Pumpkin growers work 12-14-hour days during harvest season.

Harvest is at the heart of fall farming in Virginia

Fall harvest season is the busiest for many farmers. Across Virginia, crop harvests begin in late summer and continue into the cooler weeks of fall. Some require heavy equipment, while others call for hand work. All require attention to weather conditions.

Apple Harvest

Dickie Brothers Orchard in Nelson County grows 100 acres of apples and 16 different varieties. Owner Tommy Bruguiere said they begin harvesting apples in mid-August when the Galas are ready to be picked.

picking apples

“We don’t quit harvesting until the first week of November when the Pink Lady apples are ripe,” he said. “We’re harvesting every day during that time period. We also grow peaches and harvest those in July, along with nectarines and plums, so we stay busy.”

Once the apples are picked, they are put into cold storage, which will keep them fresh for several months. All of the apples are washed and brushed before they are sold to the public, Bruguiere said.

Pumpkin harvest

Between Labor Day and Halloween, the stems are cut off 50,000 to 70,000 pumpkins at Brann & King Pumpkin Farm in Montgomery County.

Partners Dan Brann and Chuck King have grown pumpkins commercially since 1999. They supply pumpkins for 25 stores in southwestern Virginia, and Brann & King Pumpkin Farm banners are displayed over 300 to 1,000 pumpkins at those stores.

‘Between Labor Day and Halloween, stems are cut off more than 50,000 pumpkins at one Virginia farm.’ (Click to Tweet)

During the harvest season, “there’s something to do every day—usually for 12 to 14 hours,” Brann said. They sell the last of the pumpkins by Oct. 28.

bee hives

Grape Harvest

Lew Parker, owner and winemaker at Willowcroft Farm Vineyards in Loudoun County, harvests about 7,000 pounds of grapes each fall..

“All harvesting is done by hand,” Parker said, explaining that the harvester “is the last quality control for the vineyard. The harvester can see if a grape is rotten or not quite ripe. If you use a machine, you harvest all of the grapes, even the rotten ones. Machinery used to harvest grapes also is quite expensive.”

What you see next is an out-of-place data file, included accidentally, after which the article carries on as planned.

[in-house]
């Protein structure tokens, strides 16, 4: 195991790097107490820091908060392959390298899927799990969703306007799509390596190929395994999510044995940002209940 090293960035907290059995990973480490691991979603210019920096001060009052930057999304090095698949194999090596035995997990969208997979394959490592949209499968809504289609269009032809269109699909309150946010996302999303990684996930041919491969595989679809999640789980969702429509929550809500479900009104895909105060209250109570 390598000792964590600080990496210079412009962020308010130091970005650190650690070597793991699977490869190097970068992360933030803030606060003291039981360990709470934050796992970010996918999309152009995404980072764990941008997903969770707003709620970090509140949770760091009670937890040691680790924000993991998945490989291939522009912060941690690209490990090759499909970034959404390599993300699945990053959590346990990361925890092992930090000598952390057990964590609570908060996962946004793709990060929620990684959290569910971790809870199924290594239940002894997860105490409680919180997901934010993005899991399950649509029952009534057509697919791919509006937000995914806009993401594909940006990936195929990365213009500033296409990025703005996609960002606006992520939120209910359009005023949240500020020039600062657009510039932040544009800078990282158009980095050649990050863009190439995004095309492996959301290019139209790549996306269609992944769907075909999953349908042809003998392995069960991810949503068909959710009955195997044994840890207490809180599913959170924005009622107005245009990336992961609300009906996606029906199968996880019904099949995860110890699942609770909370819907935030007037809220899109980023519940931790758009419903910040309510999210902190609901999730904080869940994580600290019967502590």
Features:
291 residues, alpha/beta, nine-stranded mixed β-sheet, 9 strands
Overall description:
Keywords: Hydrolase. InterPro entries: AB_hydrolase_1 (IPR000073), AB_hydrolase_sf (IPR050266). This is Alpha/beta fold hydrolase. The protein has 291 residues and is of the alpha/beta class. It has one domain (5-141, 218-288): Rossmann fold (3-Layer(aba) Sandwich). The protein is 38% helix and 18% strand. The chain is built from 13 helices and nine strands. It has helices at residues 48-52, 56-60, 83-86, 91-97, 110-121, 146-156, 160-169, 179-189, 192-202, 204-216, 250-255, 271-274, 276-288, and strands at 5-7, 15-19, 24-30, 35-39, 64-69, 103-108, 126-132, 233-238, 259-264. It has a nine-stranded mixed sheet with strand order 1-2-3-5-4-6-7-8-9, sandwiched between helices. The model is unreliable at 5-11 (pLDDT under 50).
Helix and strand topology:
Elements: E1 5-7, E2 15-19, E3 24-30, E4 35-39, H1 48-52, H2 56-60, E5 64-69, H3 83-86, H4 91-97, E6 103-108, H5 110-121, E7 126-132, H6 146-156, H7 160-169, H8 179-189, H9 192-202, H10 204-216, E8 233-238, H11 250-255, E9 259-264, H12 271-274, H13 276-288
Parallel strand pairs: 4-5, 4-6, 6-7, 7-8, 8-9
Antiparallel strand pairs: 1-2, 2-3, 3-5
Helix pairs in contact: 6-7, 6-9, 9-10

Willowcroft’s grape harvest begins in late August, and the last variety typically is harvested in mid-to-late October.

Grain Harvest

From early September through Thanksgiving, Dave Black spends every day and most nights harvesting corn, planting winter wheat and then harvesting soybeans.

Each year, he and his dad grow about 630 acres each of corn, soybeans and wheat on Heritage Farms, which consists of three farms in Charles City County: one on 425 acres of land rented from Westover Plantation, one on 330 acres rented from Berkeley Plantation and another on 500 acres of their own land.

In some respects, Black said, harvest time is a lot like the regular lives of busy non-farming people with jobs and children. “Like them, we have to work around the kids and their social calendars.”

grain harvesting

Cotton Harvest

Shelley and Joe Barlow of Suffolk and their son, Joey, grow about 400 acres of cotton. On a particularly good day, they can harvest about 50 acres.

The Barlows begin harvesting cotton the second full week of October. Essentially, harvesting field crops “cancels out any other activities” for several weeks each fall, Shelley noted.

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Fall landscaping:

‘People love mums,’ and they’re easy to grow

Burgundy, burnt orange, purple, pink and yellow are all colors of the hardy chrysanthemum, one of the most popular plants in Virginia’s fall gardens.

“People love mums,” said Chris Mullins, a Virginia Cooperative Extension specialist at Virginia State University. “In the fall they’re one of the few plants that are blooming during September and October.”

“He suggests watering them just about every day in the fall. You might cut back a little bit as the season progresses,” he said. “In terms of fertilizer, they don’t need a whole lot. Sometimes the grower will put a little slow-release fertilizer in the pot, and as they’re blooming anyway they don’t need a lot of fertilizer.”

While many people simply throw away mums when the fall ends, the plants are perennials and can be planted outdoors for year-round enjoyment.

Mums prefer full sun but can thrive in partial shade as long as they get sun for half a day.

sedum plant
coleus plant

A little planning can pay off in fall colors

Planting sedum, coleus and impatiens or butterfly bushes and Rose of Sharon in bright, fall colors can add a splash of color to a sedate, pre-winter landscape, said horticulturalist Mark Viette.

He suggested placing flowers between shrubs and using different varieties of plants when designing for fall color. And he noted that some plants, like coleus and impatiens, might need some winter accommodations.

“Tender tropical annuals and perennials just cannot take the frosts we have in Virginia,” Viette said, but you can save your plants from year to year by storing them in a temperature-controlled environment.

Before frost becomes an issue, dig up the entire plant, and place it in a pot. Put pots in a crate that has holes in it, and store them in a basement or a temperature-controlled garage. They can be replanted in late June. Viette recommended planting them in groups of five for visual impact.